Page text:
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Moon Knight #8 Review
Moon Knight is good. You should be reading it. Really, thatís all I should say, but that wonít do anything for you. This is an awesome series. I love Moony and have been enjoying this series. Brian Michael Bendis and Alex Maleev have been handling our mentally troubled hero with style. Visually assisting them are Matt Hollingsworth, on colors, and VCís Cory Petit handling the lettering.
There are two specific aspects of this title that I absolutely love and those are Marcís personality issues and his interaction with Echo. And those arenít always separate as shown by Bendis having ďSpider-ManĒ direct Marc to kiss Echo during a conversation. There are quite a few characters with distinct personalities, especially of the crazier variety, that I gravitate to and Moon Knight is one of them. There are a few panels early in the book within which Marc has a ďmeeting.Ē Keep reading and youíll figure out why I put quotes around those two.
If you donít have any knowledge of this series, hereís a little background just to catch you up. Youíve no doubt heard many comic readers comment on how many heroes work in New York, right? Sure you have. So being the rebel that he is, Marc Spector set up shop in Los Angeles. His civilian guise keeps busy as the creator and producer of the television show ďLegends of the Khonshu.Ē
His personality issues are well documented, and recently his split personalities took the forms of the fellow heroes and Avengers Captain America, Spider-Man, and Wolverine. Since his westward move, he came across the body of Ultron, which was being delivered to the L.A. kingpin of crime, who was revealed in the previous issue to be Count Nefaria. Tagging along are Buck, an ex-S.H.I.E.L.D. agent, who works on Marcís tech. Moony has also been teamed up with Echo, the former Avenger who went by the name Ronin. And their working relationship is developing into much more. Now that youíre caught up, letís get back to this issue.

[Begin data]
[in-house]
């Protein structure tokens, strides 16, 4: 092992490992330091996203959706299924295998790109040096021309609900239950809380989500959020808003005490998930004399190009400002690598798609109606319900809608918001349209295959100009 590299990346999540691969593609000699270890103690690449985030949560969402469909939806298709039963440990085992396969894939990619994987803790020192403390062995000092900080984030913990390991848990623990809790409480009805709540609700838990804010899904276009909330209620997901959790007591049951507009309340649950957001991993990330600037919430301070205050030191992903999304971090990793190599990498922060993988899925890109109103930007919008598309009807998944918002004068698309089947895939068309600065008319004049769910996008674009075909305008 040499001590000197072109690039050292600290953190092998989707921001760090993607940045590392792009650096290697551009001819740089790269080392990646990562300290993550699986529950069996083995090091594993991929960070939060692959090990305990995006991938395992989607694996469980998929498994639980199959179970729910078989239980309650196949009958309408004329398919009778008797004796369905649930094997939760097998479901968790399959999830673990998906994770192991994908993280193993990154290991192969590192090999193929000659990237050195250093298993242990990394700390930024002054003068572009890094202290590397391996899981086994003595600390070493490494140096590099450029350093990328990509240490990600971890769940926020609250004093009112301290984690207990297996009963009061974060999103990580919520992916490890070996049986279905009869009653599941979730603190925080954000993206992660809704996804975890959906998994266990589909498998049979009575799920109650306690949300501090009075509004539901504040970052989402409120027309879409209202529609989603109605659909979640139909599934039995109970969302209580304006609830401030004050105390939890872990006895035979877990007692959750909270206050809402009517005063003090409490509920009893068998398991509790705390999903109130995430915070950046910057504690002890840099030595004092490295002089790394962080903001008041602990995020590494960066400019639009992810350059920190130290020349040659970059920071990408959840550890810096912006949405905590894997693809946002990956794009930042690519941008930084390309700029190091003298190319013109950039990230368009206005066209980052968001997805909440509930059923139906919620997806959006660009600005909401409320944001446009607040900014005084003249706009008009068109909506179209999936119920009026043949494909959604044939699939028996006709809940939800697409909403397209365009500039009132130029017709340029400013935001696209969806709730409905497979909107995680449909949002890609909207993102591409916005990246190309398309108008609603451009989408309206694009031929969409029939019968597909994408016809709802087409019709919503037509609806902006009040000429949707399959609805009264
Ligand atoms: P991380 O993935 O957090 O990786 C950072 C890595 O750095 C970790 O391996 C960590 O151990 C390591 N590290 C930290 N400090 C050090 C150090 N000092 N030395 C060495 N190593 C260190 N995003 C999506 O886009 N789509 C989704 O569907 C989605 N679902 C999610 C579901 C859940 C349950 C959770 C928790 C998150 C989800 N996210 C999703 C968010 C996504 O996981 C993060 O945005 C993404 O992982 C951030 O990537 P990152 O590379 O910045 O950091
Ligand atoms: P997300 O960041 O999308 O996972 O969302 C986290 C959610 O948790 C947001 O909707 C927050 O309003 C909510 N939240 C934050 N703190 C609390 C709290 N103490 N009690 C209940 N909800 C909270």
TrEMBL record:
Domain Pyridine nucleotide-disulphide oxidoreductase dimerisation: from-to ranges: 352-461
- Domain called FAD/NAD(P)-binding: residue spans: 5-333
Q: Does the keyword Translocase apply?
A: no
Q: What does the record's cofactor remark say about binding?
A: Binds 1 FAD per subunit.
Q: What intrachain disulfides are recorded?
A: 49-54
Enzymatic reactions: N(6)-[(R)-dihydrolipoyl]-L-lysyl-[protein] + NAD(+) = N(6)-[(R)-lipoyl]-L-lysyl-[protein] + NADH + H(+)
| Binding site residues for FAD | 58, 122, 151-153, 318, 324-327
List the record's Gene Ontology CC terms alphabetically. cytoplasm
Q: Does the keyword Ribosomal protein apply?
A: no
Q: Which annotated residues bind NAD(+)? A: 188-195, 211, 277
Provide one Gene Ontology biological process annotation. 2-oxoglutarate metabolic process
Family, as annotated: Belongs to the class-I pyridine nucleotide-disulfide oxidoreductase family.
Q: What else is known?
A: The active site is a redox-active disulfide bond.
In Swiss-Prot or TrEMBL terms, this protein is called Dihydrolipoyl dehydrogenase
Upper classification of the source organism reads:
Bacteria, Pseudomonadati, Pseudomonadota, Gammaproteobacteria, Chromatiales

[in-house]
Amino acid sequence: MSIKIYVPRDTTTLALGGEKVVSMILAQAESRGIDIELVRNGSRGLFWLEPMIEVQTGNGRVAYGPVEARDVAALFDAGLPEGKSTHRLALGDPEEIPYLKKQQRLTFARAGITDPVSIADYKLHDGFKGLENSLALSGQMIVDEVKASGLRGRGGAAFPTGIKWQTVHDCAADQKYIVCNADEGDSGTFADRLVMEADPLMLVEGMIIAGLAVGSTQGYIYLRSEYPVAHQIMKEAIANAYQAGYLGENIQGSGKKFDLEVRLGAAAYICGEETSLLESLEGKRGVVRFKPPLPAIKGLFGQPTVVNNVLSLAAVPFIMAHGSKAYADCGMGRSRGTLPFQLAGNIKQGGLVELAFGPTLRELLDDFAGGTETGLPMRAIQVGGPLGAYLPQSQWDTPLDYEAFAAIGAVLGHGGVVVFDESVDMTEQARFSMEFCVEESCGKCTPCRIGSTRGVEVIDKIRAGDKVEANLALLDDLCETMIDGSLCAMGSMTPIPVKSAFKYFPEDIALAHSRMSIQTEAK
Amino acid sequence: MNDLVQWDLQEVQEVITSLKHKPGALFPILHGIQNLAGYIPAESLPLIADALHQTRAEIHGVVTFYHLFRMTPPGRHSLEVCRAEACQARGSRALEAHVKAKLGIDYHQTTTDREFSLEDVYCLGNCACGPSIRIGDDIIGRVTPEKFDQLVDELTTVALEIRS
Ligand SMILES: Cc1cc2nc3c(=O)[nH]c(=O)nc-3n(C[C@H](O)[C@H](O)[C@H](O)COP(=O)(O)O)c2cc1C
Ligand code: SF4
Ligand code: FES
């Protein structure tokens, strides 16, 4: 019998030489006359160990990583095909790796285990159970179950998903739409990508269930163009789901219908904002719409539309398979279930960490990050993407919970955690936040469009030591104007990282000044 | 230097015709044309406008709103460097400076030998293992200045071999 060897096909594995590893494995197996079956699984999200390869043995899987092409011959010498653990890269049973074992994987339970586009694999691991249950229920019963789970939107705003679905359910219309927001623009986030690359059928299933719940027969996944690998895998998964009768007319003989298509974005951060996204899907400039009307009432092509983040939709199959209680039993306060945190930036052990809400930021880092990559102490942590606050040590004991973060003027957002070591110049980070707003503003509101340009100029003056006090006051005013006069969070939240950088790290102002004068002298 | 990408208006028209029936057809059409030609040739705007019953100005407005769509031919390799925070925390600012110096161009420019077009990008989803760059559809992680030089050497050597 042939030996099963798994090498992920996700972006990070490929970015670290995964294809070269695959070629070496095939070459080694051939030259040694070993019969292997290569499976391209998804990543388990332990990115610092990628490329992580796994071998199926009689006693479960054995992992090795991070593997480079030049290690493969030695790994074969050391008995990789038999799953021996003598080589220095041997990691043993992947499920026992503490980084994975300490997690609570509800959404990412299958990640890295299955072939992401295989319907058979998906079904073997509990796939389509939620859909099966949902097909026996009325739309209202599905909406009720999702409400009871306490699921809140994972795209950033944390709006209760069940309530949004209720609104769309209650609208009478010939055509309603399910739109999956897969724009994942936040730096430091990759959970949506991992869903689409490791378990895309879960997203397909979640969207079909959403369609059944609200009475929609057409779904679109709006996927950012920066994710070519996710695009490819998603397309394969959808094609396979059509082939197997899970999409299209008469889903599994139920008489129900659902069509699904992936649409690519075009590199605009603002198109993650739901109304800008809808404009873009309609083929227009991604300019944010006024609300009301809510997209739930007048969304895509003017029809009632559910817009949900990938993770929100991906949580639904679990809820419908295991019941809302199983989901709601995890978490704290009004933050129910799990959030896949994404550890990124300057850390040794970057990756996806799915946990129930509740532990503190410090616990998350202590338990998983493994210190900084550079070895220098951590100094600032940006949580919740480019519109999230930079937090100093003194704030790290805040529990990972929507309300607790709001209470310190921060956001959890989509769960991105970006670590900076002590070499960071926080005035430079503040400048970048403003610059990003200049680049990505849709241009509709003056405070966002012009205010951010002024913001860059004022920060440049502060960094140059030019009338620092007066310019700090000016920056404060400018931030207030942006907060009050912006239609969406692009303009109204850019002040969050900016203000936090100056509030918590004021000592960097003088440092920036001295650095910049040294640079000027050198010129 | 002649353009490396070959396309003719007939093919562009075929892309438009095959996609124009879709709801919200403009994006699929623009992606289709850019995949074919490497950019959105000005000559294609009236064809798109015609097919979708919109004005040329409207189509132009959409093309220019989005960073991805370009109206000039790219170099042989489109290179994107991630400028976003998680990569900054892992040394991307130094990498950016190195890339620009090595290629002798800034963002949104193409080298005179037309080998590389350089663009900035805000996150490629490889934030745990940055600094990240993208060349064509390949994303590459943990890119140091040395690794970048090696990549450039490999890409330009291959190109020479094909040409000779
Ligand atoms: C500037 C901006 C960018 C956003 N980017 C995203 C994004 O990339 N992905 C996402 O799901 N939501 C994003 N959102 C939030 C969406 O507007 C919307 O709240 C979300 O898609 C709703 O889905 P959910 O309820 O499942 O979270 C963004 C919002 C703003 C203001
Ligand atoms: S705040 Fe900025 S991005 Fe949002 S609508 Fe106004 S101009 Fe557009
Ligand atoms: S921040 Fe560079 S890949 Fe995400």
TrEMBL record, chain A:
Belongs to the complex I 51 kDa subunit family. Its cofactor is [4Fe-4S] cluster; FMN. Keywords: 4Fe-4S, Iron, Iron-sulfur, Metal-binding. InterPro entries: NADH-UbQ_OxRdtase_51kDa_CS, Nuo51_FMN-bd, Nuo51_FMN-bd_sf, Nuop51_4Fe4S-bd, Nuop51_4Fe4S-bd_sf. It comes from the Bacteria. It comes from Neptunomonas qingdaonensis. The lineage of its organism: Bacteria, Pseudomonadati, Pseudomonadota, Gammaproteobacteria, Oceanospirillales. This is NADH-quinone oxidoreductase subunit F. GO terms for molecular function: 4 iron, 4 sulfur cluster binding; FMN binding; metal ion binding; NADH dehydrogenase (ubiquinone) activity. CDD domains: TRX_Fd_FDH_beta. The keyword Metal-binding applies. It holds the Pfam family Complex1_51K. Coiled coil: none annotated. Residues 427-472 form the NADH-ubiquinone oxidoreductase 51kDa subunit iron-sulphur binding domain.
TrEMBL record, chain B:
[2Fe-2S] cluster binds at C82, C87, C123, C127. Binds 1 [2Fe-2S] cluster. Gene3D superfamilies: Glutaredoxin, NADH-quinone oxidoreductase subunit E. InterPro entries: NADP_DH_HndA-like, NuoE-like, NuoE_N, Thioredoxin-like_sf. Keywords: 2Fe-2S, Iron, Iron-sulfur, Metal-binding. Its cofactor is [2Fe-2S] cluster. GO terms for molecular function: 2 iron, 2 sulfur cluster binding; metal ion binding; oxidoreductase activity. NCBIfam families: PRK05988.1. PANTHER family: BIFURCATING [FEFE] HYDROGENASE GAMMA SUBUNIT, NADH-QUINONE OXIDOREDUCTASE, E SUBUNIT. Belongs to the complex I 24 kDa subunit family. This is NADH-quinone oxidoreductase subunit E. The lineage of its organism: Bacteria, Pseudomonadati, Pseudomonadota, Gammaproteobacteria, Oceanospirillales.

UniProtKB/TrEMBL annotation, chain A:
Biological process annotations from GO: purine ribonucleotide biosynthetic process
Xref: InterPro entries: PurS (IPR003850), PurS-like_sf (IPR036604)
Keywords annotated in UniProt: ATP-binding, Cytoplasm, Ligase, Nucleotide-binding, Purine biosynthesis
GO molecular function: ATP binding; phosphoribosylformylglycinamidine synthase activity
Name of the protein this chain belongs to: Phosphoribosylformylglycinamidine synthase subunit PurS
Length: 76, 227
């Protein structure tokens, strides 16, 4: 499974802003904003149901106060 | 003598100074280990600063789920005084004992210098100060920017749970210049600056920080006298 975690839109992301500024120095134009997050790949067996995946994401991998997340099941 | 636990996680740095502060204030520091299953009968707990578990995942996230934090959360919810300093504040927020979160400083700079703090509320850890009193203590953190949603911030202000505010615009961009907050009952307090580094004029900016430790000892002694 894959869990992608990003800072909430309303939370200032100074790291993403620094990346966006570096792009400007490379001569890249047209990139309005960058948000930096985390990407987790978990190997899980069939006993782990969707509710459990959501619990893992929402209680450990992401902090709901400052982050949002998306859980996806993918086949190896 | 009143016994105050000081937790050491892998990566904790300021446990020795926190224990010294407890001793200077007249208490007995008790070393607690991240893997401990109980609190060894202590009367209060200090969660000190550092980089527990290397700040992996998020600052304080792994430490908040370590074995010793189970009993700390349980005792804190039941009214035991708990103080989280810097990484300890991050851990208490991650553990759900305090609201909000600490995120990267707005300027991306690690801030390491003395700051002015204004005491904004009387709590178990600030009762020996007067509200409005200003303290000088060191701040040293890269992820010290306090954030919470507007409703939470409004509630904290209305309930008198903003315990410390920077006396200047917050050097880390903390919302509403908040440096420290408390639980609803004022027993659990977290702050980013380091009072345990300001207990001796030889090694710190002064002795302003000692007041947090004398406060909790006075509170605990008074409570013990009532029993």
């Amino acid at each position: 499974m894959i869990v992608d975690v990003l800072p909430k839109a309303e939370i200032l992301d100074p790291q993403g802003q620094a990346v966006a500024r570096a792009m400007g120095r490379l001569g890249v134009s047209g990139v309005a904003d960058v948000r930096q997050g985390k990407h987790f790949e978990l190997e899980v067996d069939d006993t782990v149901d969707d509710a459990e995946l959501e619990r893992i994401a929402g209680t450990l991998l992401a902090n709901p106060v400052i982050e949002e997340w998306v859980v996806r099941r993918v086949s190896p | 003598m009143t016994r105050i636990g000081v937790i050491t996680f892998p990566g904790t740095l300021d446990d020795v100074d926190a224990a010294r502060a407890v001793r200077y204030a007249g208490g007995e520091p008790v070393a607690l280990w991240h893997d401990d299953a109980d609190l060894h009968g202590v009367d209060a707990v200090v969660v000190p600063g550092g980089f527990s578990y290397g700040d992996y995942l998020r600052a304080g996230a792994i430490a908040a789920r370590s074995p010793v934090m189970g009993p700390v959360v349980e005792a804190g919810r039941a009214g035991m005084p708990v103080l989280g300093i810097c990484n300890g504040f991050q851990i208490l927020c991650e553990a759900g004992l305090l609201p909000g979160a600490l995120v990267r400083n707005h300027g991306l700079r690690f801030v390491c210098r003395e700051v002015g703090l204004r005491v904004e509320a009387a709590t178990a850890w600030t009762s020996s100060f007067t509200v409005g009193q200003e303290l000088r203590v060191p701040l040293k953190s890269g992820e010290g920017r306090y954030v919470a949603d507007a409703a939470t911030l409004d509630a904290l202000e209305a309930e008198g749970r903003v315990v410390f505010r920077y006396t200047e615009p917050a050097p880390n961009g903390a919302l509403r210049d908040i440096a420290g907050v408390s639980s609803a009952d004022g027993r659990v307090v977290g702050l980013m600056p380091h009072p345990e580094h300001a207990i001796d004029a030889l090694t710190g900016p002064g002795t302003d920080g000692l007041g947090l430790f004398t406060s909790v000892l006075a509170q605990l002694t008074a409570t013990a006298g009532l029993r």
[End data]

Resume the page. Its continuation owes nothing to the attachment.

Moon Knight, Echo, and Buck have been making plays on Count Nefariaís operation by catching one of his higher ups, Snapdragon, and capturing video evidence of him acquiring illegal tech. Moony and Echo also hit one of his bases, about which little detail was revealed. Whatís shown in the panels makes it out to be a drug lab. They break through the window and kick a little butt. Baddies are hit with elbows and feet a plenty. We see some nice panel-by-panel shots of Echo throwing a match and burning up stacks of money. This is probably one of the only times money being burned looks good. The final page sets up what should be an awesome issue #9.
Examining the visuals, the three heroes within Marc are shown in lighter shades of color to distinguish between them, and you know, the real world. Itís a nice visual touch by Maleev who has a style I like to define as gritty, which fits a Moon Knight book quite well. I should say Iím not the biggest Maleev fan, but I like his style to a point. It does fit certain books, but there are times when I just donít care for it. Thatís not a knock against him, his style, or the book; itís just my preference at times. I do have one question, what happened to the hand mark on Echoís face? I had thought that to be some sort of permanent marking. I donít know the full story on it, so maybe I missed something somewhere.
Thereís nothing wrong with this book. I donít say that to mean I was looking for something to be wrong or that there would inherently be something off about, itís just a good book. As Iíve pretty much abandoned a rating system, Iíll just say I recommend hitting your shop and buying it. Grab the previous issues as well. With the series being only 8 issues in, I doubt it would take much effort to track them all down. Thatís unless you prefer trades, which I have no info on at all. Happy reading, funny book fans.
I purchased this book with my own funds.
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